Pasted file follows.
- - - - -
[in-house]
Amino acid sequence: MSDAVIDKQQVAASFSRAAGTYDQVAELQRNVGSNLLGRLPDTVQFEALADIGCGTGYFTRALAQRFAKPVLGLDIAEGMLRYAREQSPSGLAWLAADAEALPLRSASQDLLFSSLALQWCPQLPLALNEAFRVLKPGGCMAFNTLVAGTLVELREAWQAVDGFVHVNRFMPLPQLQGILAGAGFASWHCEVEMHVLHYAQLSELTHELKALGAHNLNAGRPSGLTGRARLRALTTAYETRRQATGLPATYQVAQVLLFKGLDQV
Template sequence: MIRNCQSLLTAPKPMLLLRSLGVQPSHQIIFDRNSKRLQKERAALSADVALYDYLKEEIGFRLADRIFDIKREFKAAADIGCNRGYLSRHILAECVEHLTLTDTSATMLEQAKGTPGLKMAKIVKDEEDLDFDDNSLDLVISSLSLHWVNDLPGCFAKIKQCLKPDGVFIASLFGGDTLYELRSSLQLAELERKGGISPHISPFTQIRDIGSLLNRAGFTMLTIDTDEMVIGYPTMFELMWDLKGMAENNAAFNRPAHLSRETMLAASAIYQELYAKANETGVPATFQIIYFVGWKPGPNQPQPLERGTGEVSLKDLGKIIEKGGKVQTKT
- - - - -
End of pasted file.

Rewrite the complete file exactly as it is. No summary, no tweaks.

[in-house]
Amino acid sequence: MSDAVIDKQQVAASFSRAAGTYDQVAELQRNVGSNLLGRLPDTVQFEALADIGCGTGYFTRALAQRFAKPVLGLDIAEGMLRYAREQSPSGLAWLAADAEALPLRSASQDLLFSSLALQWCPQLPLALNEAFRVLKPGGCMAFNTLVAGTLVELREAWQAVDGFVHVNRFMPLPQLQGILAGAGFASWHCEVEMHVLHYAQLSELTHELKALGAHNLNAGRPSGLTGRARLRALTTAYETRRQATGLPATYQVAQVLLFKGLDQV
Template sequence: MIRNCQSLLTAPKPMLLLRSLGVQPSHQIIFDRNSKRLQKERAALSADVALYDYLKEEIGFRLADRIFDIKREFKAAADIGCNRGYLSRHILAECVEHLTLTDTSATMLEQAKGTPGLKMAKIVKDEEDLDFDDNSLDLVISSLSLHWVNDLPGCFAKIKQCLKPDGVFIASLFGGDTLYELRSSLQLAELERKGGISPHISPFTQIRDIGSLLNRAGFTMLTIDTDEMVIGYPTMFELMWDLKGMAENNAAFNRPAHLSRETMLAASAIYQELYAKANETGVPATFQIIYFVGWKPGPNQPQPLERGTGEVSLKDLGKIIEKGGKVQTKT